In most countries, working long hours or until late-night has always been the trend. However, in Denmark, working fewer hours is actually normal. Still, you’d be surprised to know that they are considered more productive than most of countries in the European Union or even the United States. So what’s the catch?
Apparently, Danes prioritize life over work. On average, Danes only spend one-thirds of their time working. They work 37 hours per week and they get a designated lunch break, a minimum five weeks of paid vacation plus extended and paid parental leave, as well as incentives for child care. They are also given the option to work on flexible schedules or to work from home.
Denmark’s model of work-life balance proves time does not determine productivity.
Denmark, which has the reputation of the ‘happiest country in the world’, boasts their healthy work-life balance as a crucial part of Danish culture. And this work-life balance is maintained by three important national beliefs according to Upworthy:
#1 Workers are entrusted to do their job
It seems simple but this belief is the very foundation of their work. Working fewer hours doesn’t mean they do less. Instead of finding ways to pass time until office hours is done, what if employees can go home to their families after finishing their designated work for the day?
There’s also no need for iron-fist managers to keep eye on employees and make sure they do their jobs well. Everyone do their jobs. There’s no need to worry for employees passing their jobs to their junior co-workers.
#2 People are encouraged to value their families.
So what does this got to do with work? In Denmark, it is normal to see family functions, even child care pickups in people’s digital calendars for others to see. There is tax deduction for child care and the government provides pensions and maid services for the elderly.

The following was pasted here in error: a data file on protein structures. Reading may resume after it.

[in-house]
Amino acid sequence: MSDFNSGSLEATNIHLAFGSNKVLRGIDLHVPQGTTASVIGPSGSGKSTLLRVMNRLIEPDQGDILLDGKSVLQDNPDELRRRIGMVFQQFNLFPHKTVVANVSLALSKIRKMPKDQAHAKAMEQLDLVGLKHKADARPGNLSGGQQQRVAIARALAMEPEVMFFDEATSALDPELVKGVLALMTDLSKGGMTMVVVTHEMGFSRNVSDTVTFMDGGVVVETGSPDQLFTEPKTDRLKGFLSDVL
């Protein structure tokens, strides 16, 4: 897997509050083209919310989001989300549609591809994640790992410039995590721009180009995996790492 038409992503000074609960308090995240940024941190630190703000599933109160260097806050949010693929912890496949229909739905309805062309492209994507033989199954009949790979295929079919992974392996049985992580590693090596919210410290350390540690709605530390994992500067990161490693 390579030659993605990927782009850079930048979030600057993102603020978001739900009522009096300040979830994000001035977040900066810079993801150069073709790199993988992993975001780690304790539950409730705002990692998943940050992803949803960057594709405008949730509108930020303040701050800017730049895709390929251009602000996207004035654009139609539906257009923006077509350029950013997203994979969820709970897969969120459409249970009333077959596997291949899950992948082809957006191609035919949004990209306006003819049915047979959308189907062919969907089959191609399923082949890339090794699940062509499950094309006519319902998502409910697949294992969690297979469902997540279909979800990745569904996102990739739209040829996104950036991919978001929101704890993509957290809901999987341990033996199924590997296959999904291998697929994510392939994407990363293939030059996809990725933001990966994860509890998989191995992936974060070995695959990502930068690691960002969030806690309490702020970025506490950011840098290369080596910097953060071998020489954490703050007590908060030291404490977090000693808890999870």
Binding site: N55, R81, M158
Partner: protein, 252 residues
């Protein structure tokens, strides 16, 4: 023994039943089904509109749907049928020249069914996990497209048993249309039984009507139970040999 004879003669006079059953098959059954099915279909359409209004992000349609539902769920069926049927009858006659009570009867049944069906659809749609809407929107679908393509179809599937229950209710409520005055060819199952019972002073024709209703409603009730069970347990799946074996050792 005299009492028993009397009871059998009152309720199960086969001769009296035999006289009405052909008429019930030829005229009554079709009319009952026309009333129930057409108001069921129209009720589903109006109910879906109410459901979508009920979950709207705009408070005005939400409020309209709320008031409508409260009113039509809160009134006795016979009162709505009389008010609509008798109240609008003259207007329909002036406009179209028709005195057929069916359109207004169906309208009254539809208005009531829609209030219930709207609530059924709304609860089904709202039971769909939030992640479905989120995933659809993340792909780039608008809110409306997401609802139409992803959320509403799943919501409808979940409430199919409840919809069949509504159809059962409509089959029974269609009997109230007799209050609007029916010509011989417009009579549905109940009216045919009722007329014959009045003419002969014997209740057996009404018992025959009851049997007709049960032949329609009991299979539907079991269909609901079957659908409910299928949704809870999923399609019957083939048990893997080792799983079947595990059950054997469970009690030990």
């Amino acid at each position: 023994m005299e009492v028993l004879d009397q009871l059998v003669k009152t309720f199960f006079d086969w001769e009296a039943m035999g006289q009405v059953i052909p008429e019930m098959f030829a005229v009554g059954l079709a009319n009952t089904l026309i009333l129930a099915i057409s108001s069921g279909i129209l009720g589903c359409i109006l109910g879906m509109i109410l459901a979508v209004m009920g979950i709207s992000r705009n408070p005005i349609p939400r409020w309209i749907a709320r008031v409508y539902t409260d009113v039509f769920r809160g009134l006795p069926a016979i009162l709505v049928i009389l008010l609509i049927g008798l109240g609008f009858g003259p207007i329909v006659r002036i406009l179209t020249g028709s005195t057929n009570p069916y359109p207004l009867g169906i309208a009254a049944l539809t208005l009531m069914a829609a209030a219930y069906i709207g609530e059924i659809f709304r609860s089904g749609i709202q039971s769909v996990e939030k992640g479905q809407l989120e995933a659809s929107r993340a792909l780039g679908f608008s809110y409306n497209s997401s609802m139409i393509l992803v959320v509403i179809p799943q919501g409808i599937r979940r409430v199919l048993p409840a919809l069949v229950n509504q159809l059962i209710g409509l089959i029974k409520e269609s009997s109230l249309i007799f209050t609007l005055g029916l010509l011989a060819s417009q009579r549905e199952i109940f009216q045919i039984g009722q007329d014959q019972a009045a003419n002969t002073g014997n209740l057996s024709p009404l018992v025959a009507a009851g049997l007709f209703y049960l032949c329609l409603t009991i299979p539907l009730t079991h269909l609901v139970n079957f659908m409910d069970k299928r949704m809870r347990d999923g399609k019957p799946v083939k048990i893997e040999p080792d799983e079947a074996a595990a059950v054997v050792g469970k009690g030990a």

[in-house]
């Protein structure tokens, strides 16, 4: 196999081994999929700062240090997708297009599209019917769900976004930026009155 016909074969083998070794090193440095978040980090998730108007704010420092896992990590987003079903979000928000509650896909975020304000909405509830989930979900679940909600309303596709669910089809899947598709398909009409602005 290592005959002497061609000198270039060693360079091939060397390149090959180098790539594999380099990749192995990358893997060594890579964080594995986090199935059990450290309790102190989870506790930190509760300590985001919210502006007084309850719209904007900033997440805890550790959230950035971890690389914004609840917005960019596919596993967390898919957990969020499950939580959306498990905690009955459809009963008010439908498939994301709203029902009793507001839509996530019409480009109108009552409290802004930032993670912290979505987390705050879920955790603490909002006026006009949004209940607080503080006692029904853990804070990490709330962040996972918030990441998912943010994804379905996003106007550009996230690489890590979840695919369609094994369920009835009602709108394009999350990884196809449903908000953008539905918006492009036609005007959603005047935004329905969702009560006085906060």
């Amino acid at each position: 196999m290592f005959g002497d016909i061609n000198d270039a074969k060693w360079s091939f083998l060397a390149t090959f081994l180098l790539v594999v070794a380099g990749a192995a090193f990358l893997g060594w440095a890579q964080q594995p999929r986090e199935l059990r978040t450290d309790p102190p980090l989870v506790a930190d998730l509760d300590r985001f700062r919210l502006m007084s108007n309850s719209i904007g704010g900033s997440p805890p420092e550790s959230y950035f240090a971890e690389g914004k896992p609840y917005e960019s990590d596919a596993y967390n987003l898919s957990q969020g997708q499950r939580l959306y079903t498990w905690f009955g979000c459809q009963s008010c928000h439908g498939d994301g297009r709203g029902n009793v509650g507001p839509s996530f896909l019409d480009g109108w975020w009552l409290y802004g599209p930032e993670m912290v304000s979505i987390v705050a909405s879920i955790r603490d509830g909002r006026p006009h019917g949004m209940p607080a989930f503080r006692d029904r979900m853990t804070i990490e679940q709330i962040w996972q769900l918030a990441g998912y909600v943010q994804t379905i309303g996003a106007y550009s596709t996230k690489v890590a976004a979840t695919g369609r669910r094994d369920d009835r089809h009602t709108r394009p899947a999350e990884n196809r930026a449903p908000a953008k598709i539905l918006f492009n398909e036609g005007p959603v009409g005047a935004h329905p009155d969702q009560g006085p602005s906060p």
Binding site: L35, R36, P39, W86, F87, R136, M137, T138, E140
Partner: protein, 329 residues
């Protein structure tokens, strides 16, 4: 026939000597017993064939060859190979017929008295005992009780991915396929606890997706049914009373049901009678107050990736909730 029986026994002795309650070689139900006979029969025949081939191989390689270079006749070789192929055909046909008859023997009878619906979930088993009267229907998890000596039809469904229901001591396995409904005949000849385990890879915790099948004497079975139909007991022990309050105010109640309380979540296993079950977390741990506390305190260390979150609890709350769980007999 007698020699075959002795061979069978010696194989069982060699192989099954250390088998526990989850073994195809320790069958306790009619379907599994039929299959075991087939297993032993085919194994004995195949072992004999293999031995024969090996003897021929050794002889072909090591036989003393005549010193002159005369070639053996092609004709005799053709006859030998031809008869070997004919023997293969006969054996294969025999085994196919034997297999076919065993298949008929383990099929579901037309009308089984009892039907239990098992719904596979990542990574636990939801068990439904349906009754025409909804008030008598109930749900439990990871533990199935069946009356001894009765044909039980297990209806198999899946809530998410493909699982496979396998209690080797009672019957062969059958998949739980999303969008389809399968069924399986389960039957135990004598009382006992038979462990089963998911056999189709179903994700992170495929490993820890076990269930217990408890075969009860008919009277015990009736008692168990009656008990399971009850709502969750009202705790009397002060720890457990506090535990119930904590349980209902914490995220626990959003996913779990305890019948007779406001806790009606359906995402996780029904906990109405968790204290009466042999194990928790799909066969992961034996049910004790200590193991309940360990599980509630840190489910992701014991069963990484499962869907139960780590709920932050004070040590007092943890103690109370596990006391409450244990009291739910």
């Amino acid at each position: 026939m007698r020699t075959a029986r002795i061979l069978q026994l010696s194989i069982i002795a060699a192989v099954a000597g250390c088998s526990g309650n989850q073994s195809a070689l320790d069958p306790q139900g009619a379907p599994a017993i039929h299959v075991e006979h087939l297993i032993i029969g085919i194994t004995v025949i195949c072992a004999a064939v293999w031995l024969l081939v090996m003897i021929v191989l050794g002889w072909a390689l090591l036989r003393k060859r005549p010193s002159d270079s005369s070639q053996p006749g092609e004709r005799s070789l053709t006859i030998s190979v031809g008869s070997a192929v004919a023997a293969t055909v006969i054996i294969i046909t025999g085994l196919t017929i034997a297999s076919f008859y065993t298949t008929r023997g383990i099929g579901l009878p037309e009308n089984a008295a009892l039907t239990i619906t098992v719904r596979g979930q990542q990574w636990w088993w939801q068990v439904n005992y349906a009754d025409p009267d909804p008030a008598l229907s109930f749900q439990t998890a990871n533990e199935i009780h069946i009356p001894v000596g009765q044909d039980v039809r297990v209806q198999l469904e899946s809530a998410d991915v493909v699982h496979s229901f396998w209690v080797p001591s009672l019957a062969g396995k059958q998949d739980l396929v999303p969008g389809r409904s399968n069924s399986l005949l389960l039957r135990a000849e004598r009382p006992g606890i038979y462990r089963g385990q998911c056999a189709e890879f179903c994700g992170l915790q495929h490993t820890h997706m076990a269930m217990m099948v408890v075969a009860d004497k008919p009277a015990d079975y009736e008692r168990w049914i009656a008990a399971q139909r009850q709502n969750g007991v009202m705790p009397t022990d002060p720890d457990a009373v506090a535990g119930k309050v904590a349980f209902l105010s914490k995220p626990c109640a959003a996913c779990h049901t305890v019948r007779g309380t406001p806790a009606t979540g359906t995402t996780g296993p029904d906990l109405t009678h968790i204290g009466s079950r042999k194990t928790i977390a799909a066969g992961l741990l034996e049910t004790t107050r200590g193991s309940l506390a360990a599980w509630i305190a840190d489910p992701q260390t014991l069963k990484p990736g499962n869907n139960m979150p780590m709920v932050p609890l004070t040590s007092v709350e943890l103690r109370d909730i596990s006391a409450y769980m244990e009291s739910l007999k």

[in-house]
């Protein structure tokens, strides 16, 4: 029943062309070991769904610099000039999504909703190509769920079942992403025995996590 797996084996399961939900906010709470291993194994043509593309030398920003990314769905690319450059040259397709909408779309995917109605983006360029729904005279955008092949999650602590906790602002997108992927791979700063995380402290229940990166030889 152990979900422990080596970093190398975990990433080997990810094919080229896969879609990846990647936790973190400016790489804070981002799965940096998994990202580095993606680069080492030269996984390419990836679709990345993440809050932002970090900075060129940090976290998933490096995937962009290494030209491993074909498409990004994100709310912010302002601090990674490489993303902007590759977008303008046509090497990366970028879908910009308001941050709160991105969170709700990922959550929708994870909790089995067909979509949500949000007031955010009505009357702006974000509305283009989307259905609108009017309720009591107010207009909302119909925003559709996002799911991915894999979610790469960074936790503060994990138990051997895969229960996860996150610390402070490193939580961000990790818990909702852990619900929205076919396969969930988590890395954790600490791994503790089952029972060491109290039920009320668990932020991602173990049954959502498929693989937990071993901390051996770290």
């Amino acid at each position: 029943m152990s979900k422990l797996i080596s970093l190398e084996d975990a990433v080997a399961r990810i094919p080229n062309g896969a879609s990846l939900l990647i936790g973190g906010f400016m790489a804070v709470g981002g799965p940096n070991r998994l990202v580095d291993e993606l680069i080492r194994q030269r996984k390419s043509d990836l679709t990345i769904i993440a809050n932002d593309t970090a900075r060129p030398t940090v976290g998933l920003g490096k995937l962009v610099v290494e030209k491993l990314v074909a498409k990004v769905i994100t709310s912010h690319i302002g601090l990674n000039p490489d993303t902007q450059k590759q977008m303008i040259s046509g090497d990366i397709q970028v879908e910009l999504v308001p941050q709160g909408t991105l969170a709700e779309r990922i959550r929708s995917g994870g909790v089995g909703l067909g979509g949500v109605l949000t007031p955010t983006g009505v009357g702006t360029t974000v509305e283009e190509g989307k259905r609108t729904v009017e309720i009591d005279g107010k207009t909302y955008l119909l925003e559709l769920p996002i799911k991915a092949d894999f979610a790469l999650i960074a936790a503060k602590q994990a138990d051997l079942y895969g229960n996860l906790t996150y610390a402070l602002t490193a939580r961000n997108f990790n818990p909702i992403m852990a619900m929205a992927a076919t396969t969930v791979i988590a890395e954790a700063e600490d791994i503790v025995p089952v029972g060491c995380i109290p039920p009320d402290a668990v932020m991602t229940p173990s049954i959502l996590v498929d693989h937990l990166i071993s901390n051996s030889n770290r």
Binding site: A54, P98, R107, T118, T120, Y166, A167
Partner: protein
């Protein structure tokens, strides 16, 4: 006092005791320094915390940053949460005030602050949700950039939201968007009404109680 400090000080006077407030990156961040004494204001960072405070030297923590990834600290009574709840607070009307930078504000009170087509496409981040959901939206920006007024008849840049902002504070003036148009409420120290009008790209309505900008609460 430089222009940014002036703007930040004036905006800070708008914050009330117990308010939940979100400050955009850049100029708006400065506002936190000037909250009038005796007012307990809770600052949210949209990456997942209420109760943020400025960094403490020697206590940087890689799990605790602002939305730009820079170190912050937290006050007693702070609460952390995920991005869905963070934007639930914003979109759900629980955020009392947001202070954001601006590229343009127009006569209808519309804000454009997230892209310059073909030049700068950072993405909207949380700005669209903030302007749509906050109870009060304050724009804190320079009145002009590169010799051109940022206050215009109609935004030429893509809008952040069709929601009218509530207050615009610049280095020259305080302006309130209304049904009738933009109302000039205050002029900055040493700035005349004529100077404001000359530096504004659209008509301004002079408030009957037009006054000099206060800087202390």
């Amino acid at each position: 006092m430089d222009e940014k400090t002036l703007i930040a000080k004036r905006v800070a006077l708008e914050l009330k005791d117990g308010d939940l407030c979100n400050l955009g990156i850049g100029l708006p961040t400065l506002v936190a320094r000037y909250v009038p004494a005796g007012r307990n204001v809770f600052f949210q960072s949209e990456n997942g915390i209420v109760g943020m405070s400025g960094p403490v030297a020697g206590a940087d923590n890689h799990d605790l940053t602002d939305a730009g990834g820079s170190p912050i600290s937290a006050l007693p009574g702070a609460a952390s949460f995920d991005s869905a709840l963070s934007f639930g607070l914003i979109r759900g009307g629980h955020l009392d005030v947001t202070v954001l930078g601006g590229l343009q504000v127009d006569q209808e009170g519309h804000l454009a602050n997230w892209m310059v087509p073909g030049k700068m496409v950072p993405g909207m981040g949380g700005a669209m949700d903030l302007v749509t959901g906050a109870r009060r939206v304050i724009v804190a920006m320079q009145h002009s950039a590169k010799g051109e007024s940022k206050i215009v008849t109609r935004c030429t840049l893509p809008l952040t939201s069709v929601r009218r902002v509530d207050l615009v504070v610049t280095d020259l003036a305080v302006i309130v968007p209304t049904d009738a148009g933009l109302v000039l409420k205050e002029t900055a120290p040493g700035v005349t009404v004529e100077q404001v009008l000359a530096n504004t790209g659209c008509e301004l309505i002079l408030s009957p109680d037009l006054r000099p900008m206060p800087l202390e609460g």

Meanwhile, school systems are not centered on exams but on learning. The education sector invests in personalized needs of the students that’s why parents are given flexible work hours and option to work from home. With fewer work hours, they get to spend more time with their children. The same values are instilled to the children from a very young age and it is ingrained in them by the time they join the workforce later.
#3 Danes recognize the balance of work and leisure.
In Denmark, they believe that happier workers are better workers. Vacation isn’t some rare commodity that workers can only experience after saving up for almost a year.
According to a study, vacations can make the brain more creative. It also takes people away from stress and health problems thus, making them more productive. Workers in Denmark use their minimum five weeks of paid vacation leave without any social stigma.
As Danish psychotherapist Iben Sandahl said,
“We think everyone has a right to be respected, from a CEO to a janitor. We try to teach our children to focus on the good in themselves and others rather than on status or labels.”
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